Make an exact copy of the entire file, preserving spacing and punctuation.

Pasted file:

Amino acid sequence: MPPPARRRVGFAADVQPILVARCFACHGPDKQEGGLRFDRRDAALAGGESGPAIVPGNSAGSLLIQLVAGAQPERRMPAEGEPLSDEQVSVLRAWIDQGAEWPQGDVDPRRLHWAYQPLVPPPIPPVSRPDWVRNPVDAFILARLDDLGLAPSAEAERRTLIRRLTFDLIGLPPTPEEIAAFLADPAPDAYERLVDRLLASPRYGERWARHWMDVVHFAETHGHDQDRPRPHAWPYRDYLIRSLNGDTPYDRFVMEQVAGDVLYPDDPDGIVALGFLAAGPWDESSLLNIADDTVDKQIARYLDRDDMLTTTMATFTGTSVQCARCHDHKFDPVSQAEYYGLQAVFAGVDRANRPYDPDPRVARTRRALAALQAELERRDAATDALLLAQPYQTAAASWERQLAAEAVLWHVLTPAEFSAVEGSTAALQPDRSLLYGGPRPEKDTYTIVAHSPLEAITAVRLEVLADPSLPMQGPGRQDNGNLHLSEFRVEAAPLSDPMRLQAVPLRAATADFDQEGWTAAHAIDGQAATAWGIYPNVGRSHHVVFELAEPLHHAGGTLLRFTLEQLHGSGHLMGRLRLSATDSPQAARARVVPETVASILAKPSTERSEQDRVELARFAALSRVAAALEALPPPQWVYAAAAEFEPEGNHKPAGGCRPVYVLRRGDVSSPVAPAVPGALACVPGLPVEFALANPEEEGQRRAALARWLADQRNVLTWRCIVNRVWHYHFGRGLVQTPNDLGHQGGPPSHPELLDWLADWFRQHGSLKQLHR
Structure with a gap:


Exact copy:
Amino acid sequence: MPPPARRRVGFAADVQPILVARCFACHGPDKQEGGLRFDRRDAALAGGESGPAIVPGNSAGSLLIQLVAGAQPERRMPAEGEPLSDEQVSVLRAWIDQGAEWPQGDVDPRRLHWAYQPLVPPPIPPVSRPDWVRNPVDAFILARLDDLGLAPSAEAERRTLIRRLTFDLIGLPPTPEEIAAFLADPAPDAYERLVDRLLASPRYGERWARHWMDVVHFAETHGHDQDRPRPHAWPYRDYLIRSLNGDTPYDRFVMEQVAGDVLYPDDPDGIVALGFLAAGPWDESSLLNIADDTVDKQIARYLDRDDMLTTTMATFTGTSVQCARCHDHKFDPVSQAEYYGLQAVFAGVDRANRPYDPDPRVARTRRALAALQAELERRDAATDALLLAQPYQTAAASWERQLAAEAVLWHVLTPAEFSAVEGSTAALQPDRSLLYGGPRPEKDTYTIVAHSPLEAITAVRLEVLADPSLPMQGPGRQDNGNLHLSEFRVEAAPLSDPMRLQAVPLRAATADFDQEGWTAAHAIDGQAATAWGIYPNVGRSHHVVFELAEPLHHAGGTLLRFTLEQLHGSGHLMGRLRLSATDSPQAARARVVPETVASILAKPSTERSEQDRVELARFAALSRVAAALEALPPPQWVYAAAAEFEPEGNHKPAGGCRPVYVLRRGDVSSPVAPAVPGALACVPGLPVEFALANPEEEGQRRAALARWLADQRNVLTWRCIVNRVWHYHFGRGLVQTPNDLGHQGGPPSHPELLDWLADWFRQHGSLKQLHR
Structure with a gap: